Health is already investigating 22 cases of childhood hepatitis of unknown origin

La Paz Hospital in Madrid, where the patients are admitted. / Jose Ramon barks

Four of the eight samples analyzed have tested positive for adenovirus, the main hypothesis handled by researchers

Alvaro Soto

The Ministry of Health has already detected 22 cases of childhood hepatitis of unknown origin, 16 of them in children under 11 years of age, between January 1 and April 29 of this year, although these patients have no epidemiological link between them, according to the latest report from the department of Carolina Darias, published this Friday. Four of the eight samples tested positive for adenovirus, the cause to which investigations currently point, and in one of them, the National Center for Microbiology, through genomic sequencing, found a type 2 adenovirus. The clinical picture of this disease is associated with a rapid and marked elevation of transaminases.

Health explains that the epidemiology services "are applying an exhaustive questionnaire" to all identified cases, but adds that so far no common cause has been found. In any case, the ministry has launched a communication through the Alert Report and the Public Health Commission and to the scientific societies of Pediatrics and hospital management to carry out an observation and active search for possible cases treated since the beginning of this year. .

The alarm over this hepatitis arose in the United Kingdom, which is the European country with the most cases, 111 (81 in England, 14 in Scotland, 11 in Wales and 5 in Northern Ireland), ahead of Spain. In addition, eleven countries have reported cases: Austria (2), Belgium (2), Denmark (6), France (2), Ireland (5), Italy (17), Germany (1), the Netherlands (4), Norway (2), Poland (1), Romania (1). In total, 166 cases have been reported, of which 50 have been positive for adenovirus and fifteen have required liver transplantation (one of them, in Spain).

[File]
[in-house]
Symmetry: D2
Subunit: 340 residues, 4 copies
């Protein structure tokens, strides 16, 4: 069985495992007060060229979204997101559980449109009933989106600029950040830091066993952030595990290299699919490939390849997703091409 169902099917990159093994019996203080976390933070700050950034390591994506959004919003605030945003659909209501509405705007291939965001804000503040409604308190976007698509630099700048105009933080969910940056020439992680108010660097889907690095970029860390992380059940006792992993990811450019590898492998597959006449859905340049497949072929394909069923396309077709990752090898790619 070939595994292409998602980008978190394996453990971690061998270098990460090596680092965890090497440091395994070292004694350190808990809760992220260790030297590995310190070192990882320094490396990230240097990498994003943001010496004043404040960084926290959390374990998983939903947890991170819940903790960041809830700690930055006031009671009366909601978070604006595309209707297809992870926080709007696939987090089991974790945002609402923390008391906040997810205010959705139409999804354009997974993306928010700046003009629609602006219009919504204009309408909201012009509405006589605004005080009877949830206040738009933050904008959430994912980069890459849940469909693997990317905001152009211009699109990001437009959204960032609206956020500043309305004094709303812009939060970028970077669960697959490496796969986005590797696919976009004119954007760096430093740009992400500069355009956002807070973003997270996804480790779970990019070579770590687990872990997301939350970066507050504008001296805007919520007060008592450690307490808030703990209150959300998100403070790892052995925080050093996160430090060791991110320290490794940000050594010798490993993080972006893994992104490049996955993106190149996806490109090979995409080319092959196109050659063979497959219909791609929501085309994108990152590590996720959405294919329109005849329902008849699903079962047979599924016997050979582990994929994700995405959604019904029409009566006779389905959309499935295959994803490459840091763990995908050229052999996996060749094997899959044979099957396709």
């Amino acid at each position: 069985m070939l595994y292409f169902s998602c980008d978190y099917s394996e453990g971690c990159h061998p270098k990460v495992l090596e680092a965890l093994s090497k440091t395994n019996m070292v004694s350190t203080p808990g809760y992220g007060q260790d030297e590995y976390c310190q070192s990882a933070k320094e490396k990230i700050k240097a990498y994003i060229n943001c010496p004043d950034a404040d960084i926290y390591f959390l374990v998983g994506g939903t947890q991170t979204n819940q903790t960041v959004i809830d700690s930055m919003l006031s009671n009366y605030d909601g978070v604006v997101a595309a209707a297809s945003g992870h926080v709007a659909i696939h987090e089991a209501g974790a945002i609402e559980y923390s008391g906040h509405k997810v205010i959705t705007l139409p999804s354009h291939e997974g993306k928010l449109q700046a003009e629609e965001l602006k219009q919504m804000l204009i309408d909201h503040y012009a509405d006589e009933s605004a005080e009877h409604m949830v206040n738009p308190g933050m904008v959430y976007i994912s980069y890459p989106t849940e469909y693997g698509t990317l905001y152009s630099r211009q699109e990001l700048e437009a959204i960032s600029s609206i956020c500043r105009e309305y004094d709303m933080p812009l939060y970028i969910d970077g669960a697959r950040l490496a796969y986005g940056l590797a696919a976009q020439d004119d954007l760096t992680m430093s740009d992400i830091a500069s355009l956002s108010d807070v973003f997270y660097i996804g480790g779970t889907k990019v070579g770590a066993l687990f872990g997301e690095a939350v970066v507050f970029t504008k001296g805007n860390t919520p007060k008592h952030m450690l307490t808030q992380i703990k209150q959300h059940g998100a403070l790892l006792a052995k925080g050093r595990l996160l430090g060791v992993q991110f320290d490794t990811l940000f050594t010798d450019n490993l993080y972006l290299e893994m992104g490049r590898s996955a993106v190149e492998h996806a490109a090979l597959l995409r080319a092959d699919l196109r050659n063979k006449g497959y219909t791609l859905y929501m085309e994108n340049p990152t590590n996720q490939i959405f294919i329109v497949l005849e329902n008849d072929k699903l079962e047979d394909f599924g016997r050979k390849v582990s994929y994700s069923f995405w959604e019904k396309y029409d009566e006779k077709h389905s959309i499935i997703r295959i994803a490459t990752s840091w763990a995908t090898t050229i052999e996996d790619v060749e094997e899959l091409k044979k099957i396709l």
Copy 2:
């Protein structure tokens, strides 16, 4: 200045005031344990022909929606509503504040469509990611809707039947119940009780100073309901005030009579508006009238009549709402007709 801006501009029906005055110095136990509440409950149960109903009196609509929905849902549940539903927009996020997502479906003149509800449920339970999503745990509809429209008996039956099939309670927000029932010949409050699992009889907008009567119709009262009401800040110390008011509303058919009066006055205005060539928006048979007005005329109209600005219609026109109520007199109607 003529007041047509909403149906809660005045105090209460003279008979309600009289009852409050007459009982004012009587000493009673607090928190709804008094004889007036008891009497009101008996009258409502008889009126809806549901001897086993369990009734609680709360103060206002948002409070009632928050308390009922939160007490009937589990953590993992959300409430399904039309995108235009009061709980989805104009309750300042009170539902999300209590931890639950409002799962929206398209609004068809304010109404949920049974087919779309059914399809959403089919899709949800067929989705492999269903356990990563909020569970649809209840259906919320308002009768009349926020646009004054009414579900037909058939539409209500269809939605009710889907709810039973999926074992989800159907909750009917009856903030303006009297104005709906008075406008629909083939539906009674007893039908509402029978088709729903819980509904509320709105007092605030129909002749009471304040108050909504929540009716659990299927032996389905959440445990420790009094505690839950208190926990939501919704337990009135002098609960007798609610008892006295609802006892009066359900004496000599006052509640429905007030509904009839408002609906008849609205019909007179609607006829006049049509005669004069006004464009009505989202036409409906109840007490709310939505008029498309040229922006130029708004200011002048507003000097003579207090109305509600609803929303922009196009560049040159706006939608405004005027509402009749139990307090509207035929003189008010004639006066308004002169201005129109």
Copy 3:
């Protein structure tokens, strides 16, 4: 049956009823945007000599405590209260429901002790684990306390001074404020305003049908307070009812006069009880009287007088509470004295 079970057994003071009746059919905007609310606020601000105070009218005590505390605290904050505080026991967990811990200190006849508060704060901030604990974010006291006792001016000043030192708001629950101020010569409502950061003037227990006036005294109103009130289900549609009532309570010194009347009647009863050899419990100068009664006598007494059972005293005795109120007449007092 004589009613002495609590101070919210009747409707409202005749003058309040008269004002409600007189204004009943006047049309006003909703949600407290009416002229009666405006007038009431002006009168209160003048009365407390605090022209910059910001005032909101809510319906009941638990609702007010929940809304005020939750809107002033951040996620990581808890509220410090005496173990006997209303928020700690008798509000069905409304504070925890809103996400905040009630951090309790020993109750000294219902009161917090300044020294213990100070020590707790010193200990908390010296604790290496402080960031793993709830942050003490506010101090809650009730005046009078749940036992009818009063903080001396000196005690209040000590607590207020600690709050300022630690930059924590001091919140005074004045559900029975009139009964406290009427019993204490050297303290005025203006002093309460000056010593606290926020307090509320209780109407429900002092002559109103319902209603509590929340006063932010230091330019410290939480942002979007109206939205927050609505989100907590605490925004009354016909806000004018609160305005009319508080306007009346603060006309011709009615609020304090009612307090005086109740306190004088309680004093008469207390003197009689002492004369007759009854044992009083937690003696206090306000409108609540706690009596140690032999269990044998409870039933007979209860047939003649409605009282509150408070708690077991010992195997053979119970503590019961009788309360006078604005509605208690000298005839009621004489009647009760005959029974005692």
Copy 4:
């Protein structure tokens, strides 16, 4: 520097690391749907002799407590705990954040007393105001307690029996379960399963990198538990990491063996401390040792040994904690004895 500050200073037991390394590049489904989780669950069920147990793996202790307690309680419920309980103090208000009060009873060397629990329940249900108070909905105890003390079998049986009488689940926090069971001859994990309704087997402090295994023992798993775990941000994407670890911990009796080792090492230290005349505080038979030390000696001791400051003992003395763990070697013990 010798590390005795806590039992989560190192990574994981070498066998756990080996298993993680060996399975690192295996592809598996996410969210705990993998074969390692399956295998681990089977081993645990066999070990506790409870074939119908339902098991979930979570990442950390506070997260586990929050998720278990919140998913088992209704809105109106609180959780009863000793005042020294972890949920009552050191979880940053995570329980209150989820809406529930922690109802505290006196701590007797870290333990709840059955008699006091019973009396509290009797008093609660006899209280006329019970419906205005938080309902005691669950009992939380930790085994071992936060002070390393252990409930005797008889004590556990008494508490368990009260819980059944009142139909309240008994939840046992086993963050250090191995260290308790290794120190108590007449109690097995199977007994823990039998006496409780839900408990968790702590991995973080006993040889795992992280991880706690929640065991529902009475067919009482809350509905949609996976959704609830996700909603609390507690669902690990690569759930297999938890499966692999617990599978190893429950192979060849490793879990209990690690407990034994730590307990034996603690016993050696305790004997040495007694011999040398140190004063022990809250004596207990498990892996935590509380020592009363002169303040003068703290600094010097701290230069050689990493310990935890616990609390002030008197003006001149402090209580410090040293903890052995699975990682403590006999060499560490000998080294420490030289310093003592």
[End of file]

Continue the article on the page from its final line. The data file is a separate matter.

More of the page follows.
For now, laboratory tests have excluded hepatitis A, B, C, D, and E viruses in all cases, and the usual causes of hepatitis or travel history have also been ruled out. Scientists are investigating other types of infectious, toxic, or chemical causes. "Some of the hypotheses that are being studied is that these hepatitis are being caused by microorganisms, by exposure to toxins or by a disproportionate immune response by the patient himself," explains the pediatrician and epidemiologist Quique Bassat. “We have to determine what role adenoviruses are playing, which usually cause infections in the upper respiratory tract or gastroenteritis, but it is not normal for them to cause serious illness. That it has suddenly become 'bad' is strange, "adds Bassat, before detailing that among children the contagion is fecal-oral and asks for extreme hygiene measures, such as cleaning hands or disinfecting surfaces.

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